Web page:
Consider the possibilities when partnering with a non-competing brand as a media channel, tapping into the partner brand's equity. For example, Lexus uses Coach for it’s leather seats. Nike + iPod are synonymous. McDonalds using Tegel chicken. And regardless of how it tastes, the L&P and Whittakers co-branding partnership was genius.
As advertisers, we call all of this ‘media planning’, but it really is distribution that we’re talking about: how to effectively deliver our brand to consumers. Therefore, if advertising has become entertainment, and media is just distribution we aren’t really that different from any other entertainment category at all; be it movies, books, or music. We shouldn’t stop at creating branded entertainment, but actually start building entertainment brands, emulating the likes of Disney or Buzzfeed.
Last year I was in San Francisco watching Emirates Team New Zealand race against Prada in the Louis Vuitton Challenger Series. To continue our education of American culture, we bought tickets to America’s favourite pastime, baseball. I had a bag of shelled peanuts, an oversized finger pointing mitt and a Fox Sports ‘understanding baseball’ site loaded on my iPhone, and as we passed through the gates of AT&T Park, there were GO GIANTS banners being handed out to everyone. And right there on the reverse in bold; ‘KIA ORA, from New Zealand’. So much for that ‘American’ experience!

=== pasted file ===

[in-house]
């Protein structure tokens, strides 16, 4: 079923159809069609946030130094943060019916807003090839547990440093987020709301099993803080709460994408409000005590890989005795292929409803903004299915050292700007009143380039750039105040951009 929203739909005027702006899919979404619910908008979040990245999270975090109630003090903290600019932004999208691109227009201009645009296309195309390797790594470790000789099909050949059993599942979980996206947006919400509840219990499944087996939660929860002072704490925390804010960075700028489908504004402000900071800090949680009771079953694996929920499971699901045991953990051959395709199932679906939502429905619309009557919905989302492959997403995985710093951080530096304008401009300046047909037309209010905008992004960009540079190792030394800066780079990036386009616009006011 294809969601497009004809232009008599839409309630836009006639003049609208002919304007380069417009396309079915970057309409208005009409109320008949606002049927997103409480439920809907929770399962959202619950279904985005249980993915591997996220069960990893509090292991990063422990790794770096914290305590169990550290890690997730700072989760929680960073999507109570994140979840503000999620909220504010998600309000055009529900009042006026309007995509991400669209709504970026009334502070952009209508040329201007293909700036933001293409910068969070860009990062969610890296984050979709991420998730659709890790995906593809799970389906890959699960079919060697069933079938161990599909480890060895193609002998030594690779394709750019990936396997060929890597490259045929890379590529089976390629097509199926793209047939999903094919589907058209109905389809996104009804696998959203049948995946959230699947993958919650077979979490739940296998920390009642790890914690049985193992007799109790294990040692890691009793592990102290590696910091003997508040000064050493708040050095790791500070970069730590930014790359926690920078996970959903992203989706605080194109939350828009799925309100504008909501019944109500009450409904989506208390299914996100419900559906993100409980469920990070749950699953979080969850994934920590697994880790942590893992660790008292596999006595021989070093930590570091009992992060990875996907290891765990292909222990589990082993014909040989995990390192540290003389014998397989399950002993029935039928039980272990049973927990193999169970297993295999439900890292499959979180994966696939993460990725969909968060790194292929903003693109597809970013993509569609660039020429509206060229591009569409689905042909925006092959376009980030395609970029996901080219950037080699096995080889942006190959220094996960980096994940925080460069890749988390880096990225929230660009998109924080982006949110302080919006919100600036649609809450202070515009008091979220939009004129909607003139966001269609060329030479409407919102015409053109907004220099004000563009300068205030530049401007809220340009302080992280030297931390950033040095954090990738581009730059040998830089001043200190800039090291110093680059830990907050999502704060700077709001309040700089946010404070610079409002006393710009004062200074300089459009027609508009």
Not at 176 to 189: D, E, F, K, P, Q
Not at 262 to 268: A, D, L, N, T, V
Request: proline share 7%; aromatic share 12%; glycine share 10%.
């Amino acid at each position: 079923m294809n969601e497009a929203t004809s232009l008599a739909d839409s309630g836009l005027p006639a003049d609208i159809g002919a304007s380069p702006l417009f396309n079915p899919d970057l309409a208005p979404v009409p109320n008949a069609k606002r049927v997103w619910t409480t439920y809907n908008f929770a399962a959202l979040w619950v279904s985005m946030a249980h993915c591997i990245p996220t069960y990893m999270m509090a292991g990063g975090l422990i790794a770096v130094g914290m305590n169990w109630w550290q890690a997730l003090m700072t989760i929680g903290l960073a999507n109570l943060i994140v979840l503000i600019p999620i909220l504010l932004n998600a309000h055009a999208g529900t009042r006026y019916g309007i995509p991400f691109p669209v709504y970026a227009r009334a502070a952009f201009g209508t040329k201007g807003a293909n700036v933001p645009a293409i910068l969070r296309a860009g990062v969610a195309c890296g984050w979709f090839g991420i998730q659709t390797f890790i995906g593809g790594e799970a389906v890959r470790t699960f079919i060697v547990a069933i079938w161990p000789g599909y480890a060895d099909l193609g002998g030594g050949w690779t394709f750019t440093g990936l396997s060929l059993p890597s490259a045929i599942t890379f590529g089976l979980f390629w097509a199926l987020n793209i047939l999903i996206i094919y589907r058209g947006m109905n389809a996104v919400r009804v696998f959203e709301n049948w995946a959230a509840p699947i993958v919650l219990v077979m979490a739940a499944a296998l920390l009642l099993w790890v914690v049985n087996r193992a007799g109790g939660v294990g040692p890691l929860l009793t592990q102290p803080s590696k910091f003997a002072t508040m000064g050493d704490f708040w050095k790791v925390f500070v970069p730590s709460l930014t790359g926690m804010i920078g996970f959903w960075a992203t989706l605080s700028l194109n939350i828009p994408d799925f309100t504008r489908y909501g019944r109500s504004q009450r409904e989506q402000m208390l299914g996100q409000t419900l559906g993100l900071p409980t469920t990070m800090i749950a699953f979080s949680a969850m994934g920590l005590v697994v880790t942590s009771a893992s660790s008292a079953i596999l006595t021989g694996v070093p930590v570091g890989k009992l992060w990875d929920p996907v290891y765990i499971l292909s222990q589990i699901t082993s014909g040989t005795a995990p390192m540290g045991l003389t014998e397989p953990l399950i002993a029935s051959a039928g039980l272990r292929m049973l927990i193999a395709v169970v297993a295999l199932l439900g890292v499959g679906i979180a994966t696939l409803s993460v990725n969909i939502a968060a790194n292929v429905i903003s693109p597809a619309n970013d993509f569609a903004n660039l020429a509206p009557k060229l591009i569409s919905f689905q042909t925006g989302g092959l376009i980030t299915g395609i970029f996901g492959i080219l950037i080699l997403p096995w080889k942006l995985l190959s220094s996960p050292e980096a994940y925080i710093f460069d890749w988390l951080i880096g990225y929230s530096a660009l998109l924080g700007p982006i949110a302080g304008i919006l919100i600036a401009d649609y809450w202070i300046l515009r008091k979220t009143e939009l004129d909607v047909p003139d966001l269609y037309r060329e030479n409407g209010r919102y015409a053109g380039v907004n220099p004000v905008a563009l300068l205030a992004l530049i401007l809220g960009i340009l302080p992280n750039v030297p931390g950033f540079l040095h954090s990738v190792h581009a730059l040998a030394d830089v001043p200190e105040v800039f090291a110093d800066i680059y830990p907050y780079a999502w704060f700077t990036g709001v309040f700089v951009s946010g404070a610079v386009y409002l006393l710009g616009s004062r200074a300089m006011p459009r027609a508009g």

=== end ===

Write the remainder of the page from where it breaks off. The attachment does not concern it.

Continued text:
We'd managed to pick the one game that Air New Zealand had fully taken over. They gave fans a ‘Kiwi’ experience and demonstrated just how close New Zealand and San Francisco actually were in culture and in proximity – complete with All Black appearances, prizes of return trips to New Zealand and videos up on the big screen making satirical similarities between the two cultures (including the embarrassing New Zealand accent that is so prevalent when abroad).
Air New Zealand has obviously been a front-runner example in utilising the value of building an entertainment brand. For example, the Hobbit partnership, their Love is in the Air promotion to celebrate legalising same sex marriage, and their inflight safety videos we’ve come to know and love. And all of which have not just entertained, but tied in seamlessly to their own business objectives. In San Francisco, they leveraged an existing conversation around the America’s Cup, and told 40,000 San Franciscans just how close and accessible New Zealand actually was, using the ‘channels’ they already love and engage with - baseball.